By Teresa Carson
PORTLAND, Ore (Reuters) - The Oregon Legislature gave final approval on Thursday to a bill that would outlaw sales of suicide kits such as the apparatus used by a man from Eugene to kill himself late last year.
The measure, which cleared the Oregon Senate on a 30-0 vote after the state House of Representatives approved it Monday, now goes to the desk of Governor John Kitzhaber, a Democrat who has yet to take a position on it.
Even if Kiztzhaber, a former emergency room physician, declines to the sign the measure, it will become law automatically in five days unless he vetoes it first.
Sponsors say the bill would not limit a landmark 1997 state law legalizing physician-assisted suicides for terminally ill individuals in Oregon. Washington is the only other state with such a statute on the books.
The newly passed bill was sparked by notoriety surrounding an elderly California woman who sells self-asphyxiation kits through a mail-order business. One of her customers, 29-year-old Nicholas Klonoski, committed suicide in December.
Sharlotte Hydorn, 91, a retired science teacher and great-grandmother who lives near San Diego, said her kit is intended to help people with incurable, fatal illnesses end their lives with dignity in their own homes.
But critics, including Klonoski's brother, have faulted Hydorn for not screening potential buyers of her kits, which they say she peddles indiscriminately to customers who may be emotionally fragile, rather than terminally ill.
Klonoski's family said he suffered from depression but was otherwise healthy when he used one of Hydorn's kits to take his own life around Christmas time.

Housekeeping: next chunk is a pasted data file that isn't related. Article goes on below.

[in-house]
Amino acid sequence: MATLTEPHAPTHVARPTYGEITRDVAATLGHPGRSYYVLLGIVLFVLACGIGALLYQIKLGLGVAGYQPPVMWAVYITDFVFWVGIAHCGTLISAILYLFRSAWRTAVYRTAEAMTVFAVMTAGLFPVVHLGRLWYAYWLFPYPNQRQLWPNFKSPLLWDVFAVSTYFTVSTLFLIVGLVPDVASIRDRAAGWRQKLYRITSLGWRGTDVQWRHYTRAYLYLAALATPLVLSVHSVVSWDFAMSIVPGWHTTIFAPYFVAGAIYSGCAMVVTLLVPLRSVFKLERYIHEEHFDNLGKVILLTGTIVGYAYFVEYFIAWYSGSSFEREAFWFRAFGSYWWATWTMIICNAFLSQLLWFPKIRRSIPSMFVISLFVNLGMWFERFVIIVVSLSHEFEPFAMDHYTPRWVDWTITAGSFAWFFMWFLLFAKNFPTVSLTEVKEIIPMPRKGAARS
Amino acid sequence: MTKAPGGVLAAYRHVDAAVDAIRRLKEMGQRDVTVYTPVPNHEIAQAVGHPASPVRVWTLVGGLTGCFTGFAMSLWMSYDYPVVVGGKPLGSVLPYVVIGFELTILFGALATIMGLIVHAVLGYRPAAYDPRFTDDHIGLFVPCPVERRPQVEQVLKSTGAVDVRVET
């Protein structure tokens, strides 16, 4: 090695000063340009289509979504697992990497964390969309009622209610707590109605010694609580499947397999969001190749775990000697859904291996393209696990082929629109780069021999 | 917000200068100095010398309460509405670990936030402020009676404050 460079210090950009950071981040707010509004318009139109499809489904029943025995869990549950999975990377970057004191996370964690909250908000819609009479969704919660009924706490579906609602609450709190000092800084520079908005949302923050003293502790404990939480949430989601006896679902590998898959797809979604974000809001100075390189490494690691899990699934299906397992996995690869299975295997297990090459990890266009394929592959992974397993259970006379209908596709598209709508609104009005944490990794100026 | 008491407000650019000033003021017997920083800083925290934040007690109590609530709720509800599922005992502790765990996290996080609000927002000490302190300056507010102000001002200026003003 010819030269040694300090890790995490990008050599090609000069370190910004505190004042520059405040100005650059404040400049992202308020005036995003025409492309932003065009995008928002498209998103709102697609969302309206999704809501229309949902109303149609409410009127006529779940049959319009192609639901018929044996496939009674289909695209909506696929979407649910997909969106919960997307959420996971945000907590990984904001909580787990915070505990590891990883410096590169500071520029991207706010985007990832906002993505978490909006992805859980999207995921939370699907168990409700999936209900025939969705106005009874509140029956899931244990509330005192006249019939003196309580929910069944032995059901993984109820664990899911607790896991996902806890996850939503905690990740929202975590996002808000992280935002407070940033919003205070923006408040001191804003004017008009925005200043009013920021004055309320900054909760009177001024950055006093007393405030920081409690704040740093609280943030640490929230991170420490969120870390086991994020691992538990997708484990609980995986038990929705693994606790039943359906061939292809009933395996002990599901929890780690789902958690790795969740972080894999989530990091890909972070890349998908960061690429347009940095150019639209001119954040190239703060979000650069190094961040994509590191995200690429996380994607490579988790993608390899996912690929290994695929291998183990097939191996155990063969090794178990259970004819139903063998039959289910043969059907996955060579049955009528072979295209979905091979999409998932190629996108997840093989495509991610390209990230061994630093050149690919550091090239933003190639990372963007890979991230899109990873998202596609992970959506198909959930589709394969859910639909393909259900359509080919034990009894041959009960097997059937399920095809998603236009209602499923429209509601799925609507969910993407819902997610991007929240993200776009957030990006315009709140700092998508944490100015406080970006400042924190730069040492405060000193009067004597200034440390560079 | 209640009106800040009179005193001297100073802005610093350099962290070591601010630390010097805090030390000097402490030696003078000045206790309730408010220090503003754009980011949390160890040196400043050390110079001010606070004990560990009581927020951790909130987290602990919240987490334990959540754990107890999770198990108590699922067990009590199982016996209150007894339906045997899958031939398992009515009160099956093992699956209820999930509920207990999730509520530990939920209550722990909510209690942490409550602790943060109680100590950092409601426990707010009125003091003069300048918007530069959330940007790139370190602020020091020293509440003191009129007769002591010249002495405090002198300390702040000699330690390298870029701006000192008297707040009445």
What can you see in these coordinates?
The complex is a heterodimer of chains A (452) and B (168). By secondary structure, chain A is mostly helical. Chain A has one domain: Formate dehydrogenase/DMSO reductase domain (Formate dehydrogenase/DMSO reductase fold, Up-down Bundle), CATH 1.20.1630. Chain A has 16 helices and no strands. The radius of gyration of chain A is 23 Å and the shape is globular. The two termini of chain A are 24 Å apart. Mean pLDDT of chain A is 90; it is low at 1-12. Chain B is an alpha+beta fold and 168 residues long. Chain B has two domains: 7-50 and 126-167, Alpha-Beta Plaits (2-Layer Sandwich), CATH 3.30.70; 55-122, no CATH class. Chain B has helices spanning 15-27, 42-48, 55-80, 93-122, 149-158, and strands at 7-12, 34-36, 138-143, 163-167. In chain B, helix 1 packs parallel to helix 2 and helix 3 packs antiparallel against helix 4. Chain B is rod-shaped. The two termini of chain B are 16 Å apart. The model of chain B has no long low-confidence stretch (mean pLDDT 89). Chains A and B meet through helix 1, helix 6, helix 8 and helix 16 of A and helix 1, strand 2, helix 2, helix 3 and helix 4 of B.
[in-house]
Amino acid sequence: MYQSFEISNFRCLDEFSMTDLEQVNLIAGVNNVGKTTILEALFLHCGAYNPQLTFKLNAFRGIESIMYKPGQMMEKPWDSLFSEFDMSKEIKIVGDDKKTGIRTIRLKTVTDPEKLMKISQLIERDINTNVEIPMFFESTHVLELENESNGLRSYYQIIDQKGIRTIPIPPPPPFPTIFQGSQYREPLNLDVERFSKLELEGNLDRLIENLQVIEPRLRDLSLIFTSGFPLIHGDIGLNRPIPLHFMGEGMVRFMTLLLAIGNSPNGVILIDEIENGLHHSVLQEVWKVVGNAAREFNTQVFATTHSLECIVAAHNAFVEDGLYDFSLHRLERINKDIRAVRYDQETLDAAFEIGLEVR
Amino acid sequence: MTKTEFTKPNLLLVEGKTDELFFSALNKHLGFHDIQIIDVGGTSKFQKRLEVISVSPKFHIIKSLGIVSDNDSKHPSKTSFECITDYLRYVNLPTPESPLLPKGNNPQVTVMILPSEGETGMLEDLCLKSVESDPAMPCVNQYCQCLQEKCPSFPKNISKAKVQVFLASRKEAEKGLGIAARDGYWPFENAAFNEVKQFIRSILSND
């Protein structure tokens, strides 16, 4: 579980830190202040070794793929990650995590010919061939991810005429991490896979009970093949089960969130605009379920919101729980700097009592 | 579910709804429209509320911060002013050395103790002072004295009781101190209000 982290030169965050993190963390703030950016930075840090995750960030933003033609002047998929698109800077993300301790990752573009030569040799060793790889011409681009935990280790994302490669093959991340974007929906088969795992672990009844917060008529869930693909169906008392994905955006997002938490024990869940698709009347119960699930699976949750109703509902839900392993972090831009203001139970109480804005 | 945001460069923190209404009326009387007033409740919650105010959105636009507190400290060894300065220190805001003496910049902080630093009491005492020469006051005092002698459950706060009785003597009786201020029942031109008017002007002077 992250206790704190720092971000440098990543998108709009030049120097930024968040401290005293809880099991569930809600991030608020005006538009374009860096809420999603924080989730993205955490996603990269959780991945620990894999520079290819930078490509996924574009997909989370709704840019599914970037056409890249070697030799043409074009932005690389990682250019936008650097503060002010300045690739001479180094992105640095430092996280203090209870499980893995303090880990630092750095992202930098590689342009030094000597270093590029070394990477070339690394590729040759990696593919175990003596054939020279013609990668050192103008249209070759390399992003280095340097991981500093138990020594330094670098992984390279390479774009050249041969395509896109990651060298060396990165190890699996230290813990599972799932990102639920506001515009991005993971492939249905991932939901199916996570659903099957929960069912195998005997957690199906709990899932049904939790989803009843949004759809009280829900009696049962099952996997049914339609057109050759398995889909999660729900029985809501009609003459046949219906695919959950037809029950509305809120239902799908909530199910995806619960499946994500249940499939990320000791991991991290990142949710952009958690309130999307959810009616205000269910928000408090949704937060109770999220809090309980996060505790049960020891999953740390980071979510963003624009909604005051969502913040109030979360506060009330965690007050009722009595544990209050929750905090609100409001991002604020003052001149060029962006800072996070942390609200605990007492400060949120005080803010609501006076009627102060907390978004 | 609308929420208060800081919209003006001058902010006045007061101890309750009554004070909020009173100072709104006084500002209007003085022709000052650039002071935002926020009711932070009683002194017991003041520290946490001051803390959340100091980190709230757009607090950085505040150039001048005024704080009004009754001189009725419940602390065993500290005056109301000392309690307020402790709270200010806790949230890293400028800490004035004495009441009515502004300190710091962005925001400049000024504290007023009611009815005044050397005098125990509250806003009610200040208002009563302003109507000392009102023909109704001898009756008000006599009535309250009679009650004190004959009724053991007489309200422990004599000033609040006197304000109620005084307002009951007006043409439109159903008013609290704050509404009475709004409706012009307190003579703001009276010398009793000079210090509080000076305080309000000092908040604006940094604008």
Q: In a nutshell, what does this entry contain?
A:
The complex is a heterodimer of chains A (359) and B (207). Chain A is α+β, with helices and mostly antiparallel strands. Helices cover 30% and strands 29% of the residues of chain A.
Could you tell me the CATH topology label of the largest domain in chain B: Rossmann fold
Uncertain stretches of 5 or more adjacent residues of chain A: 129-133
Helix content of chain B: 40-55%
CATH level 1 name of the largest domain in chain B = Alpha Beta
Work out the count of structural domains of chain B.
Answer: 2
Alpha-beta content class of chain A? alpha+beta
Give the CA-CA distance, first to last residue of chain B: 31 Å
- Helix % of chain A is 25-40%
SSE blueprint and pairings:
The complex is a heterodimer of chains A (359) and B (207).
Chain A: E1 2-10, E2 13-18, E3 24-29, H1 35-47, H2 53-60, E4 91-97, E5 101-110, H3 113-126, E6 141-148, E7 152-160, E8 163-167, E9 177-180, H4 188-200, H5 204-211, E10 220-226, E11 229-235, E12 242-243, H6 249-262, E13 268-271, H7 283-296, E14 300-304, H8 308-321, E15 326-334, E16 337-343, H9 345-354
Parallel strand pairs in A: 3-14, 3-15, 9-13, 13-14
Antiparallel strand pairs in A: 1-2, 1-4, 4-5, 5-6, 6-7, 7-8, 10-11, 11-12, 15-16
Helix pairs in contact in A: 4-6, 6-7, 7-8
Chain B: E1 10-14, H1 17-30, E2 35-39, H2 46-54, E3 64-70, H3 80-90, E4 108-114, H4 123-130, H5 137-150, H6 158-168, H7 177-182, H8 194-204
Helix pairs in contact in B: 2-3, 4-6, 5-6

The kits, which Hydorn sells for $60 apiece including shipping, consist of a plastic hood that closes around the neck and tubing that connects the hood to a tank of helium or other inert gas, which the patients supply themselves.
The new Oregon bill would make it a felony, punishable by up to 10 years in prison, for a person to sell "any substance or object that is capable of causing death to another person for the purpose of assisting the other person to commit suicide."
Oregon's assisted suicide law allows physicians to prescribe life-ending medication to terminally ill patients, though the patients must be physically capable of administering the drug to themselves.
State records show that 525 Oregonians have ended their lives under the statute since 1997.
Hydorn has said sales of her product, which she calls "exit kits," jumped sharply as a result of media attention stemming from Klonoski's death and reaction to it in Oregon. She said much of her recent business has come from Oregon.
Armed federal agents raided her home last month and seized cartons of documents, computers and sewing machines under a search warrant Hydorn said accused her of conspiracy, mail fraud, tax evasion and the "sale of (an) adulterated or misbranded medical device."
(Editing by Steve Gorman and Greg McCune)